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With Mental Health Emergencies Rising, How To Identify Risk Factors For Suicide In Children & Adolescents

Depressed preteen girl sitting in armchair at home
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Asking a young person directly if they're having thoughts of suicide can be difficult, but it's important to have a direct conversation when discussing possible thoughts of suicide.

Between April and October of 2020, emergency departments across the nation saw a rise of visits from children for mental health needs, according to the CDC. Although there are no reported numbers of suicides in this population yet for 2020, the pandemic has impacted the ongoing children’s mental health crisis.

Children’s Wisconsin child and family therapist Alecia Corbett says common risk factors for child and adolescent suicide are drug and alcohol use, constant bullying in school and loss of a friend or family member — either to suicide or the loss of the relationship from some other circumstance.

For young people, she says, their brains are not yet fully formed and have not experienced the same amount of time as adults, meaning that events or choices that seem insignificant for adults can be incredibly stressful.

“The whole, like, frontal lobe is not fully there yet and so when they’re contemplating decisions, they’re working on the information that they have but the information that they have may not be perceived like accurately as we look at things as adults,” Corbett explains.

For everyone, the pandemic has been a time of isolation, but Corbett says that online school has had mixed results for students. While some have struggled lack of socialization, others have thrived without the anxiety they experienced daily while attending school in-person. All of her clients, she says, have shared with her how the pandemic has been creating insecurity when it came to thinking about the future.

“The unknown was really a big thing that came up in talking to my clients that like, 'When is this going to end? When is this going to be over? When can I go back to school? When can I go back to my real life?,'” she says.

One concern Corbett has for students attending online school is the amount of time they’re spending inside. Young people she talked to describe staying inside for weeks at a time because there was nothing forcing them to go outside. She says the human body is just not designed to handle that much time inside. With many clients, Corbett says she develops goals of going outside a certain number of times every week and makes sure they are using that time to stay active.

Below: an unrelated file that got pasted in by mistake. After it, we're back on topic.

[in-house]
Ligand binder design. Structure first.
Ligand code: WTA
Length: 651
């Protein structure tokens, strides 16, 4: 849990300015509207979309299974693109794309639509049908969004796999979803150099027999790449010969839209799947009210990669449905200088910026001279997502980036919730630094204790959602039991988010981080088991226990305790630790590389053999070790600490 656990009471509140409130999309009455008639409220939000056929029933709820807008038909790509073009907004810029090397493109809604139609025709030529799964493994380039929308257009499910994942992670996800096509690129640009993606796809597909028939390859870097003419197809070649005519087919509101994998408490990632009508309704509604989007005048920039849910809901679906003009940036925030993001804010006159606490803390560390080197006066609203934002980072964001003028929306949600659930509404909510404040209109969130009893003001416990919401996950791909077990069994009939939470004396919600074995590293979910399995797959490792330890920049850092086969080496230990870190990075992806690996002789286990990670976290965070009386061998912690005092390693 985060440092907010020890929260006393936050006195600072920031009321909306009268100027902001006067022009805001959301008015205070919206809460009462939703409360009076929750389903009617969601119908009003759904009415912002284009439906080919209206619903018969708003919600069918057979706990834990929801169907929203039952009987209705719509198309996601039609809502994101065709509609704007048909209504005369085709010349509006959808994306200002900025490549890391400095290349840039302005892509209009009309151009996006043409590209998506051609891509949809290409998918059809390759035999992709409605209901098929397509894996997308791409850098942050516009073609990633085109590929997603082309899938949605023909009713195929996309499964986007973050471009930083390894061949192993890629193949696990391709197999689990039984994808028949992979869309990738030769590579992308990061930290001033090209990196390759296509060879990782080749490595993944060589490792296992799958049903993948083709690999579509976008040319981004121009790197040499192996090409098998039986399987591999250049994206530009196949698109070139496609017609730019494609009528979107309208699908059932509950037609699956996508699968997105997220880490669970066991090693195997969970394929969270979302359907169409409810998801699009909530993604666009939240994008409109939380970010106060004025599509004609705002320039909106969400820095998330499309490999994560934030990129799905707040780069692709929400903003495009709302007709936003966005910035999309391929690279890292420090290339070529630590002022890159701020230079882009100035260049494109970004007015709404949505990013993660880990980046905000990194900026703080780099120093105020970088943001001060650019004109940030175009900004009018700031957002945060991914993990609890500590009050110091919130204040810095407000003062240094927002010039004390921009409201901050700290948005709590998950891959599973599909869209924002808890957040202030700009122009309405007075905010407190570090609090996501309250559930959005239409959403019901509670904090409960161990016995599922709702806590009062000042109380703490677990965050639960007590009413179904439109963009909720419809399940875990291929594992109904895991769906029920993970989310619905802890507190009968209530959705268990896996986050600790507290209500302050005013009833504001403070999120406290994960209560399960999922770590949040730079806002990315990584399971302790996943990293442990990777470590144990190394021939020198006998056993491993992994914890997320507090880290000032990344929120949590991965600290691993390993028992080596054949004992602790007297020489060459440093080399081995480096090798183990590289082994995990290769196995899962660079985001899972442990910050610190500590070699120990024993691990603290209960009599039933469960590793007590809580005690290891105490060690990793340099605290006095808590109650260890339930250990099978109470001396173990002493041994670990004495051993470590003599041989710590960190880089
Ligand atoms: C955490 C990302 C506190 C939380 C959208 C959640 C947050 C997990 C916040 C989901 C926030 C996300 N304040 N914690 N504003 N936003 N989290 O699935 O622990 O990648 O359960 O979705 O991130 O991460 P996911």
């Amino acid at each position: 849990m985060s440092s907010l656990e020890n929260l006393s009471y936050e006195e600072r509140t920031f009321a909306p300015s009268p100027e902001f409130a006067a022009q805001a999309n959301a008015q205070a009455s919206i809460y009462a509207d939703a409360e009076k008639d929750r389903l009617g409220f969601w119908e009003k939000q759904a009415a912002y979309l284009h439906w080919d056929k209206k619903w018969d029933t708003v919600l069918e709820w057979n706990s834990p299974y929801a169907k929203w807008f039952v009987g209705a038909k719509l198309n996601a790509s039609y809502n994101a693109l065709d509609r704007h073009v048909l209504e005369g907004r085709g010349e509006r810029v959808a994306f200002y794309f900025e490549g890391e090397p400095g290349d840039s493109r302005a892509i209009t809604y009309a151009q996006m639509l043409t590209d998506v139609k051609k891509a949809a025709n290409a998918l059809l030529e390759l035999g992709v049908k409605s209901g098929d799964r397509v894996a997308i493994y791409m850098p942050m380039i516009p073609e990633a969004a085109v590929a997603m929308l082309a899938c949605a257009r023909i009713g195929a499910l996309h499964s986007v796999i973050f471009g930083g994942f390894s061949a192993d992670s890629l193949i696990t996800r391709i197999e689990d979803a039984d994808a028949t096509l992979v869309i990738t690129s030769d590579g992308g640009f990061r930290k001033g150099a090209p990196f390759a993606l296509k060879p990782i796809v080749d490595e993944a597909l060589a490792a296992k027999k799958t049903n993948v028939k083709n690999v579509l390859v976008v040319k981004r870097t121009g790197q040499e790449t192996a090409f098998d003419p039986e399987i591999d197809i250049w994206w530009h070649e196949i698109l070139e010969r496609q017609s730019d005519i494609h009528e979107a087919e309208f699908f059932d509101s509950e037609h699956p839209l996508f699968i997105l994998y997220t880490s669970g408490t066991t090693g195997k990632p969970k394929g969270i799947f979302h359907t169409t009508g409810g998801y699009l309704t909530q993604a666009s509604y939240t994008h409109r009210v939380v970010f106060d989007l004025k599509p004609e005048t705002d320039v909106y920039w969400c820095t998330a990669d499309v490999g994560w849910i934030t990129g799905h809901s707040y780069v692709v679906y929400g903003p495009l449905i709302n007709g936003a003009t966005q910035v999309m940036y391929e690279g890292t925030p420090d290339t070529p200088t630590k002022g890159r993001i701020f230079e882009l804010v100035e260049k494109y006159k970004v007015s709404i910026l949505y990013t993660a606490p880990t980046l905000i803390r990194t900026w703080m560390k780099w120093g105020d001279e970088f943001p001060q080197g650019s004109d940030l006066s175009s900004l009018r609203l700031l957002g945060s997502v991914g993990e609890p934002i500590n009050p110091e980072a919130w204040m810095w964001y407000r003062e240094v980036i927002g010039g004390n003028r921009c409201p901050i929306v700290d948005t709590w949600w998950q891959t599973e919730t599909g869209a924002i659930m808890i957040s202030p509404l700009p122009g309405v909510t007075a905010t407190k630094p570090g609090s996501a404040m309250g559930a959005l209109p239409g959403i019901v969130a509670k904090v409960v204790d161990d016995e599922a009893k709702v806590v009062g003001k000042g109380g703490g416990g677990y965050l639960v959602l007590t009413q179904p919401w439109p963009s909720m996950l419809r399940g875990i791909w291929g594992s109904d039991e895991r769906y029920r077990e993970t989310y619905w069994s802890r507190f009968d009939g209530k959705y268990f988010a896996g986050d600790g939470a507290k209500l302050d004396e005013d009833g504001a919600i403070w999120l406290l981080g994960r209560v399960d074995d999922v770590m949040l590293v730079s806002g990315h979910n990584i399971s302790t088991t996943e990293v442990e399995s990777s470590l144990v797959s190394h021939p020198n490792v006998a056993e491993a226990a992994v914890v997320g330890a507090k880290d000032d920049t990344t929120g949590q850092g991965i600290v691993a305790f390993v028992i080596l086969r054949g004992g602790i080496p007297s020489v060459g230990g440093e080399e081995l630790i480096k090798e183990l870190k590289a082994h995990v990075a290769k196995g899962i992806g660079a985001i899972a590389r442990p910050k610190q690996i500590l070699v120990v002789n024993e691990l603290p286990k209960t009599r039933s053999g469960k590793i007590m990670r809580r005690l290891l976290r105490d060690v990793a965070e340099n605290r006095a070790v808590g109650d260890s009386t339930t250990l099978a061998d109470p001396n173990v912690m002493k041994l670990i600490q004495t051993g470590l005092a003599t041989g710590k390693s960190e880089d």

When talking with parents, Corbett recommends finding a scheduled time to spend together every day now that many families are home together more often. She says lunch can be a great time to be together and check-in.

“Many parents are very in tune to what’s happening with their children even though sometimes the kids try to hide it. So, having those opportunities to have really good communication and observation of them are very important,” notes Corbett.

Observation can be key, she says, because often young people contemplating suicide will exhibit large changes in behavior before attempting to end their life. Corbett uses the acronym FACT to remember feelings, actions, changes, threats as signs a child will exhibit if they’re thinking about suicide.

This can range from sudden changes in performance at school, large outbursts of anger or even a shift to an incredibly positive tone. Corbett says thoughts of suicide can be extremely stressful and making a decision to go through with it can make a young person feel like a weight has been lifted off their shoulder.

Corbett says if parents are concerned their child might be having thoughts of suicide, they should start by having a conversation.

“Asking that question very directly, although can be difficult for people in any sort of way, it is very important to be able to ask the question: ‘Are you thinking about killing yourself?’ versus ‘Are you thinking about hurting yourself?’ because if [a child] sees this as a way out, you’re not going to look at this as hurting yourself,” she says.

To prevent acting on thoughts of suicide, Corbett says an important step to take is to eliminate the access to the means by which they will kill themselves. She explains, “The number one way that they’re looking at, in terms of suicide reduction, is means restriction.” Whether that is a gun, overdosing on prescription drugs or hanging themselves, she says make sure that those items are properly stored and locked away.

If you or a loved one is experiencing thoughts of suicide call the National Suicide Prevention Lifeline at 1-800-273-8255, the Milwaukee County Children’s Mobile Crisis at 414-257-7621 or visit Prevent Suicide Greater Milwaukee.

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